Picasso Museum of Barcelona

The Offering
Signed Picasso (later) in the bottom left-hand corner
Paris, 1908
Gouache on cardboard paper with white primer
30.8 x 31.1 cm
Donated by Lord Amulree, 1985
MPB 112.761

The Work

Picasso produced a series of studies on the work The Offering in spring 1907. The ensemble was probably a project for a larger work and is related to the work Les Demoiselles d’Avignon.

In this gouache, the artist retakes the theme of the nude woman observed by man – here by two man – that he had studied in 1904 and that would now become a regular feature in his work. The nude female lying down and observed by men, seen in The Offering, brings this piece closer to Cézanne and his Olympia and The Afternoon in Naples. The detail of the drapery held by the man to the right and which hangs down to the floor evokes the bathers of the famous French painter.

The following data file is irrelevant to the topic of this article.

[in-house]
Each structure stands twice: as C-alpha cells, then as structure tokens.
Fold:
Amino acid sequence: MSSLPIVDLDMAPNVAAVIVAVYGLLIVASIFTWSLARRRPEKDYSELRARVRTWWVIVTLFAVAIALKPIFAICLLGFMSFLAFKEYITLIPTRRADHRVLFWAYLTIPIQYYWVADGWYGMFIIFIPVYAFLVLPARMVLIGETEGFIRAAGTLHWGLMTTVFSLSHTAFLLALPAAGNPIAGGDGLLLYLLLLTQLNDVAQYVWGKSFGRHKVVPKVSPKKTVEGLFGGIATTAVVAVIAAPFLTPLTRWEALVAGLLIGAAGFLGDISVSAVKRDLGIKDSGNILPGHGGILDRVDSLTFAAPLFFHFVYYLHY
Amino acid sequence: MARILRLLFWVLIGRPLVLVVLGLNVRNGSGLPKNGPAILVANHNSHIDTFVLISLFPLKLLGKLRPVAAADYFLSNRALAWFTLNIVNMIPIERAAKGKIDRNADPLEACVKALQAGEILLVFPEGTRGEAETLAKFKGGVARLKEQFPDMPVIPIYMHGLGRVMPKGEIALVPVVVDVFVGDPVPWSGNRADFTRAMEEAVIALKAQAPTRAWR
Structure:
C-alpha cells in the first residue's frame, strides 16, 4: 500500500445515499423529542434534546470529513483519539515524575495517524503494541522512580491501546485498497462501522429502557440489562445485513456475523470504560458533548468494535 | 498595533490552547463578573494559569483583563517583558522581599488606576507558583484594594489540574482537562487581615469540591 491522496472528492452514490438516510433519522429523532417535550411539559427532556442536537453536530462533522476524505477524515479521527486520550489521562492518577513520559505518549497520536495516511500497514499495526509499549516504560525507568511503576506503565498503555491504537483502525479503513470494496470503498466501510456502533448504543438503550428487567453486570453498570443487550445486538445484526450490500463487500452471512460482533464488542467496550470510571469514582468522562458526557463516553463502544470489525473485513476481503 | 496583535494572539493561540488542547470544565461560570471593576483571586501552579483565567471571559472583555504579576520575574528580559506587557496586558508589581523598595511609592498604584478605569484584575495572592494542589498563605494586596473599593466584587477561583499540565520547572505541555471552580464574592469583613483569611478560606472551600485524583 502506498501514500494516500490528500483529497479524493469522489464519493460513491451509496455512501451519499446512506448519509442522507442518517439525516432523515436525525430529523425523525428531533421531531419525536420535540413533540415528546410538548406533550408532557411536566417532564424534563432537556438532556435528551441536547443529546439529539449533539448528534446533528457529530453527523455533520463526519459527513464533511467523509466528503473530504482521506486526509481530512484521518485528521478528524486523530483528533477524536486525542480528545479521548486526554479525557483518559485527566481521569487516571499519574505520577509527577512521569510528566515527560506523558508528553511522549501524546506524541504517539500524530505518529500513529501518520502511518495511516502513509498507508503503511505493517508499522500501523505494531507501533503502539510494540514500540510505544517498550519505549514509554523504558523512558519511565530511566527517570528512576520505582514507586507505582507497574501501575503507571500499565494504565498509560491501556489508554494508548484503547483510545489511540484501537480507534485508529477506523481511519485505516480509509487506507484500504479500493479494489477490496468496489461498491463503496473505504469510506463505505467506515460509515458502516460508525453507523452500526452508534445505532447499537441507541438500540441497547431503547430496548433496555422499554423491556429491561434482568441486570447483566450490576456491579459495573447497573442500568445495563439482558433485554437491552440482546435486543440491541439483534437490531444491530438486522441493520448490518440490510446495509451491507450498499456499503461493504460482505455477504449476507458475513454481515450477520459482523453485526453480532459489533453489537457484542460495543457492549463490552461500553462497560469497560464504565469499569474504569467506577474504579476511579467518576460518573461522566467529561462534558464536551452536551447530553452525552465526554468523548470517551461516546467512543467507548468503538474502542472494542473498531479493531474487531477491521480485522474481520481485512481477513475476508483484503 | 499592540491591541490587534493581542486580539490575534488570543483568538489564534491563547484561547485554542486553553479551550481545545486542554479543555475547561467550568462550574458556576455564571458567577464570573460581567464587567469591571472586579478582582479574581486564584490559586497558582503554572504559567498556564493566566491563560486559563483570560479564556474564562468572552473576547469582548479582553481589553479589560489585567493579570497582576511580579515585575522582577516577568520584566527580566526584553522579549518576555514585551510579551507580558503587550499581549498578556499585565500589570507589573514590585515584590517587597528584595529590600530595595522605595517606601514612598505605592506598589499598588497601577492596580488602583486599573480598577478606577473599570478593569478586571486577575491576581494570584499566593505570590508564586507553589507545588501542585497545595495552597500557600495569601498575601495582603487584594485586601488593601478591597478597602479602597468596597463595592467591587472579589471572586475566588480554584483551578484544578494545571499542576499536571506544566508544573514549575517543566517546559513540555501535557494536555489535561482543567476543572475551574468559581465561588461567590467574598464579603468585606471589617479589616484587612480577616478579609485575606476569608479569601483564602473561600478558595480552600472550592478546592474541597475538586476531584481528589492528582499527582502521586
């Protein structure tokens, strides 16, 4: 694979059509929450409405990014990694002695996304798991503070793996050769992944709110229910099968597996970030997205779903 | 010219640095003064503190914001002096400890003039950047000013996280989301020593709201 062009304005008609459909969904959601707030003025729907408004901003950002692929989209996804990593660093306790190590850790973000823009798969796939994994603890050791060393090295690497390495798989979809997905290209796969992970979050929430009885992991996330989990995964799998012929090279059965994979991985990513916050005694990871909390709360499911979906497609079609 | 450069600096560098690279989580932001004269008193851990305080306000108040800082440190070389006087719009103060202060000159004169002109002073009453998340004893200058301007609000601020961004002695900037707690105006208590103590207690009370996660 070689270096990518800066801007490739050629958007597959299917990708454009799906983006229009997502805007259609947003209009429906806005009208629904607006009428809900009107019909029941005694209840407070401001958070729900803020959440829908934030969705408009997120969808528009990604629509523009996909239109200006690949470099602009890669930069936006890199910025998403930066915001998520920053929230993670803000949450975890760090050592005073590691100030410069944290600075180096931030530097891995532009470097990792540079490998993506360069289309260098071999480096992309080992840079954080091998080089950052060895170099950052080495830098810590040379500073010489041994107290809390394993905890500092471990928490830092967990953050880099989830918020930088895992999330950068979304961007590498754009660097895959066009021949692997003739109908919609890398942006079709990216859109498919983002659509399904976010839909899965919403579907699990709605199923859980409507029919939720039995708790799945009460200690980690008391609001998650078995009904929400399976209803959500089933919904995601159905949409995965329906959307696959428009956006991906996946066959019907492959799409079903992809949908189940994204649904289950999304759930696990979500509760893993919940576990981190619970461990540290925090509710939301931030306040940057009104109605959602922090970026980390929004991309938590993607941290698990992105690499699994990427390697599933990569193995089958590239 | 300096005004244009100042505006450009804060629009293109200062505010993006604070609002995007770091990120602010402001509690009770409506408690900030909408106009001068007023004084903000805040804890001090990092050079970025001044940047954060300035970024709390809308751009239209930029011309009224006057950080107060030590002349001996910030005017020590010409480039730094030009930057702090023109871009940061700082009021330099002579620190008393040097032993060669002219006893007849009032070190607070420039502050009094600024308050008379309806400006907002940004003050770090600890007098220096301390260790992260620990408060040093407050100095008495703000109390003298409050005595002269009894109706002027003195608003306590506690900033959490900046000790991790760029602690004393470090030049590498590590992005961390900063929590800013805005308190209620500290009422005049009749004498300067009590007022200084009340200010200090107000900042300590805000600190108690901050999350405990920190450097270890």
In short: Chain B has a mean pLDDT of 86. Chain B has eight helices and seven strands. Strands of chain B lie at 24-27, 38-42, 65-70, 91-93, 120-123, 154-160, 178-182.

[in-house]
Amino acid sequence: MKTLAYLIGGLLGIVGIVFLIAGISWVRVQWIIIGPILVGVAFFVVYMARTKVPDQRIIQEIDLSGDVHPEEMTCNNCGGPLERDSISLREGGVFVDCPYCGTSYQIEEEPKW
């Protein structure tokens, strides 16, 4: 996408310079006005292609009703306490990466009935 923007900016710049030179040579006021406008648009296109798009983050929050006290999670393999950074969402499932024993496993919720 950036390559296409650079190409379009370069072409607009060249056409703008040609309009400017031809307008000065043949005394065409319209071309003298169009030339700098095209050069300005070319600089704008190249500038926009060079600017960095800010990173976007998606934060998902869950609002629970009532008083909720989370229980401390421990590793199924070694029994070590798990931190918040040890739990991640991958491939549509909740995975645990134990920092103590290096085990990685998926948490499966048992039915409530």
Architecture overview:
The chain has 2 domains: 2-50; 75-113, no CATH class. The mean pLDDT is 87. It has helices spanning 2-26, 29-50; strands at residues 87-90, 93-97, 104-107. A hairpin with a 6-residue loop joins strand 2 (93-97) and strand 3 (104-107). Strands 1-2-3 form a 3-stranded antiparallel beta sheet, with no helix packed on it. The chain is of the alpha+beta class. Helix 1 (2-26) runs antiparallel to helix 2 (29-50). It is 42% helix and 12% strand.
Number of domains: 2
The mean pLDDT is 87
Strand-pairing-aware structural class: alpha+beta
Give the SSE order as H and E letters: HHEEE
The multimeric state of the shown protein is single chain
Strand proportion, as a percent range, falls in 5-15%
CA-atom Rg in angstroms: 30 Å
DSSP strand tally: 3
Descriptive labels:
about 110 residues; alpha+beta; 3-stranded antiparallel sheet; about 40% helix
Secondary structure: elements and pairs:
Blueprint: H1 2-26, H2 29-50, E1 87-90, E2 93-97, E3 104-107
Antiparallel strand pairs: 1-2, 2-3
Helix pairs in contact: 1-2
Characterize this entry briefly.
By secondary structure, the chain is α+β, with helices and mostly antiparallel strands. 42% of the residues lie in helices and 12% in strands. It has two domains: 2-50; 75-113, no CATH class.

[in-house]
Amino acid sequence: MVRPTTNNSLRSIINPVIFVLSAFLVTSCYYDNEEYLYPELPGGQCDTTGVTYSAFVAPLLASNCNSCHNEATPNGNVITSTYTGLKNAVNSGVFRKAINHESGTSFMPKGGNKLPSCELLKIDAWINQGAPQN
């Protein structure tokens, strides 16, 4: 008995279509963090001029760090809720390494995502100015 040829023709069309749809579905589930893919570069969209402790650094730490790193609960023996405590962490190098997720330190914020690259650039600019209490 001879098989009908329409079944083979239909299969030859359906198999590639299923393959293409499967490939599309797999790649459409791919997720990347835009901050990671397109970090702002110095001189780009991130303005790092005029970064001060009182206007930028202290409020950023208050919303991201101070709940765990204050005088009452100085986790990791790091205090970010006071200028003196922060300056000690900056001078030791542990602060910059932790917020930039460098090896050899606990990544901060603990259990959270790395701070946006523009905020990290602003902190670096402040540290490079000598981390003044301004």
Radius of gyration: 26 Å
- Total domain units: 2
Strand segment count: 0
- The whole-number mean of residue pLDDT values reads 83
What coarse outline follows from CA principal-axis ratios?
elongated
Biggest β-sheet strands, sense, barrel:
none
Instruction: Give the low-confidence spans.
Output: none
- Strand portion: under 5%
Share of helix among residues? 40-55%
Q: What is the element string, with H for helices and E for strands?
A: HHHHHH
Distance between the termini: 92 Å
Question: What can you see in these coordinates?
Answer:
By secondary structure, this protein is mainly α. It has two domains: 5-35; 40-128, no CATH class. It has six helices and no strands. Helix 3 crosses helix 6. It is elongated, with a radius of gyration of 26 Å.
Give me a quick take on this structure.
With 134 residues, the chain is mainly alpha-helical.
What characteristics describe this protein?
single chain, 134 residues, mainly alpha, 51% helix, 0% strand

The woman in Picasso’s work is far removed from the model of traditional representation as she is in a both horizontal and straight position – a posture with contradictory intention moving into Cubism. The woman lifts her arm and rests it on her head, making a closed arch over the hair. This position is repeated in Picasso’s female figures from the era.

As in other works, the drawing attempts to create space via the relationship of the characters’ positions. The men are in the forefront so that they mark out the woman to the back. Picasso uses a contrary technique which was usually used to create distance in classical perspective.
The palette is full of a rich selection of ochre and Prussian blue, with the thick black outline of the figures.

The Donation

Lord Amulree (1900-1983), a doctor and famous Liberal Party politician in the House of Lords from 1955 to 1977, left The Offering to the Museu Picasso of Barcelona in his will.
Other museums around the world also benefitted from his legacy. As the Daily Telegraph published on 1st May 1984, he donated a Matisse to the Tate Gallery, a Monet to the National Gallery of Scotland and a Braque to the Israel Museum in Jerusalem.


Room 10